Paige rallied her neighbors and her network to build the ‘We Care’ park, which like Ms. Rosie’s garden, creates a common space that brings people together in a beautiful way, fostering relationship and the potential for understanding.

Paige rallied her neighbors to construct a community park in Southern Trace. 

Erica

Erica Baker

Photographer

And Paige has remained intentionally and consistently working within her wealthy, gated context to neighbor and to love—also creating opportunities for two very different yet adjacent neighborhoods (Southern Trace and Cedar Grove) to join together in love and caring. She is a beautiful example of what it looks like to leverage power and network to serve the marginalized, vulnerable, and isolated.

Let It Grow

The last time I visited a Friendship House in Shreveport it was Science Day. A team of students and instructors from LSU's Department of Chemistry and Physics came to teach the kids about soap making. Previous lessons had included lemon batteries, rocket building and Dippin' Dots making with liquid nitrogen. 

Emmitt and Sharpell Welch live at the Friendship House and provide consistent caring to the kids in the neighborhood. For those enduring volatile home contexts,  Emmitt and Sharpell provide stability and structure.

Erica

Erica Baker

Photographer

As I stood watching the science lesson, a mother from the neighborhood walked slowly, sadly up the porch steps and approached Emmitt. He called her girls out of the lesson; they went over to a corner of the playground to talk. Just before, I had asked Emmit to describe a normal day. At this moment he turns to me and explains, "Right now that mom is telling her kids that they've been evicted and that this morning she assigned guardianship of all five kids to us while she goes and gets help for herself. There is no 'normal day' here."

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Instead of entering foster care or bouncing from shelter-to-shelter, the kids were brought into the Friendship House with Emmitt and Sharpell's love and care. What a profound difference for five futures.

This is the depth and power of a strong social fabric that supports all and excludes none. It takes individuals to choose intentional, visible caring over isolation—it requires something of each of us.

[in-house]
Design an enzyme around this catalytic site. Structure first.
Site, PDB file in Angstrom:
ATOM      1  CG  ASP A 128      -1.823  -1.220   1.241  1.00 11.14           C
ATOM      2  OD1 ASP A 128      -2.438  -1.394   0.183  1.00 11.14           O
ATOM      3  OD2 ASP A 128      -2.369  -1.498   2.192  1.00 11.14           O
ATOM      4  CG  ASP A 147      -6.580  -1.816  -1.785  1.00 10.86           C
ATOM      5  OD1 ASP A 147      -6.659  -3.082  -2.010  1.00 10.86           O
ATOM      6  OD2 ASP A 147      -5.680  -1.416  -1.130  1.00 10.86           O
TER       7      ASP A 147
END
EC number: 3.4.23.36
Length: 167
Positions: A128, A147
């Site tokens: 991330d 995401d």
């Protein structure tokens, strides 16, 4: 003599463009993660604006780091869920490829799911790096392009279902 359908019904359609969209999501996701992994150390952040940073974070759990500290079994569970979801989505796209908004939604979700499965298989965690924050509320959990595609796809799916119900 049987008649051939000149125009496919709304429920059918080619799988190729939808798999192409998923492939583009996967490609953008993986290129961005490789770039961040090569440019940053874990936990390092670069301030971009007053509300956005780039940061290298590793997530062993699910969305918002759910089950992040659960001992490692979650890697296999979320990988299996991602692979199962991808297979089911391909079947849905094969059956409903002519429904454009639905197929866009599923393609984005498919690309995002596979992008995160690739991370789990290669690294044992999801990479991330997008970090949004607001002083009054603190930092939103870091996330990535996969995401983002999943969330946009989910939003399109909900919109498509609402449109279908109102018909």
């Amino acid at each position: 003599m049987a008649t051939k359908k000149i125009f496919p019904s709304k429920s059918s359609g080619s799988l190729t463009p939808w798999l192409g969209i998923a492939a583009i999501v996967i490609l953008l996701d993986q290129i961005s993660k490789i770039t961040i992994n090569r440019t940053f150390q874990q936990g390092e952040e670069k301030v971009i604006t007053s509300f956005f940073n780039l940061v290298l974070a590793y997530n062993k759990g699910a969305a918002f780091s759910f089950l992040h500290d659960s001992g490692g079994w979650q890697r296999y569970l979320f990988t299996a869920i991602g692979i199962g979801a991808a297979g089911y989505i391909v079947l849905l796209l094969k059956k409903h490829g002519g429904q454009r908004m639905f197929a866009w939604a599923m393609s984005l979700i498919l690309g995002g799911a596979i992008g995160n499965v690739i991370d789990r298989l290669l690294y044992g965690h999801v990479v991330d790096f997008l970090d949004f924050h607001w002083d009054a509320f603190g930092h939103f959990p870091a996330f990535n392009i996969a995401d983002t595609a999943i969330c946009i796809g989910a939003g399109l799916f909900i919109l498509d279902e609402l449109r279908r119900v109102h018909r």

So far ten other cities and towns in the U.S. have begun to implement the model within their contexts. In fact, Community Renewal is even being implemented in several African countries and villages. A regal Muslim woman named Fatamatu visited from Cameroon to study the model, as she said, "In my country, modernity has made us strangers to each other, but it wasn't always that way. I want to restore my village." 

This is possible because the principles of neighboring are universally relevant and essential, and Community Renewal’s model is both flexible and simple enough to scale globally.

Every town, village, city, state, territory and country could benefit from a network of intentional caring amongst its people. In every instance, it starts with a Committed One (as it did with Mack in The Bottoms of Shreveport), then a Bonded Two and spreads outward from there.

We want to restore the neighbor bond, renew the village ethic—our social fabric—overcoming isolation by making caring people (the silent majority) visible. 

United and together, we can create a different cultural reality now and for generations to come.

Editor's Note

Having told and been told hundreds of stories of program interventions and cause campaigns, I have become simply convicted that the healing of our systemic fractures requires individuals stepping up and stepping out—not only institutions, corporations and government.

And we don't have time to not. The fractures are growing wider and deeper—we must each of us be clear and committed in caring for those on our block. It's the least and the absolute most we can do. 

And as we've seen in Shreveport, it works. Love thy neighbor. Let's try, and may God have mercy. 

Kate
Kate Sig

Kate Schmidgall

Editor, Bittersweet Monthly